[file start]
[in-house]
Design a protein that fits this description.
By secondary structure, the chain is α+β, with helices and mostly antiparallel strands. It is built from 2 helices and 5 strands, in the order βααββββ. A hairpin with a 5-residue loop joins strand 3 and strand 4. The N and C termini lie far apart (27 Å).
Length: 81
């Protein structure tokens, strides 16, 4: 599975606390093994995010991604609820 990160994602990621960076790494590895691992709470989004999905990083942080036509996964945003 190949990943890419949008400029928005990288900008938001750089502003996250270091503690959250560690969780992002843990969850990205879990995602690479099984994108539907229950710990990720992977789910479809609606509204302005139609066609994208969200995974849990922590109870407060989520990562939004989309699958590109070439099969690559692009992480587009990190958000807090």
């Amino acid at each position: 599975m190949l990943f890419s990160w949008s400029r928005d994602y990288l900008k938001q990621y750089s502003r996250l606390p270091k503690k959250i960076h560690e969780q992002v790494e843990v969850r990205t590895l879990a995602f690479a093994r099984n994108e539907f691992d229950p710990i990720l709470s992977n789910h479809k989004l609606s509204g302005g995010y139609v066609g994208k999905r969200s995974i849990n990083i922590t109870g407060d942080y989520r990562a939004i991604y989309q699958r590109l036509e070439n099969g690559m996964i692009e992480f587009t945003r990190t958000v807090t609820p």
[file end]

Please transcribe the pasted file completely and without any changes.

[in-house]
Design a protein that fits this description.
By secondary structure, the chain is α+β, with helices and mostly antiparallel strands. It is built from 2 helices and 5 strands, in the order βααββββ. A hairpin with a 5-residue loop joins strand 3 and strand 4. The N and C termini lie far apart (27 Å).
Length: 81
């Protein structure tokens, strides 16, 4: 599975606390093994995010991604609820 990160994602990621960076790494590895691992709470989004999905990083942080036509996964945003 190949990943890419949008400029928005990288900008938001750089502003996250270091503690959250560690969780992002843990969850990205879990995602690479099984994108539907229950710990990720992977789910479809609606509204302005139609066609994208969200995974849990922590109870407060989520990562939004989309699958590109070439099969690559692009992480587009990190958000807090």
């Amino acid at each position: 599975m190949l990943f890419s990160w949008s400029r928005d994602y990288l900008k938001q990621y750089s502003r996250l606390p270091k503690k959250i960076h560690e969780q992002v790494e843990v969850r990205t590895l879990a995602f690479a093994r099984n994108e539907f691992d229950p710990i990720l709470s992977n789910h479809k989004l609606s509204g302005g995010y139609v066609g994208k999905r969200s995974i849990n990083i922590t109870g407060d942080y989520r990562a939004i991604y989309q699958r590109l036509e070439n099969g690559m996964i692009e992480f587009t945003r990190t958000v807090t609820p």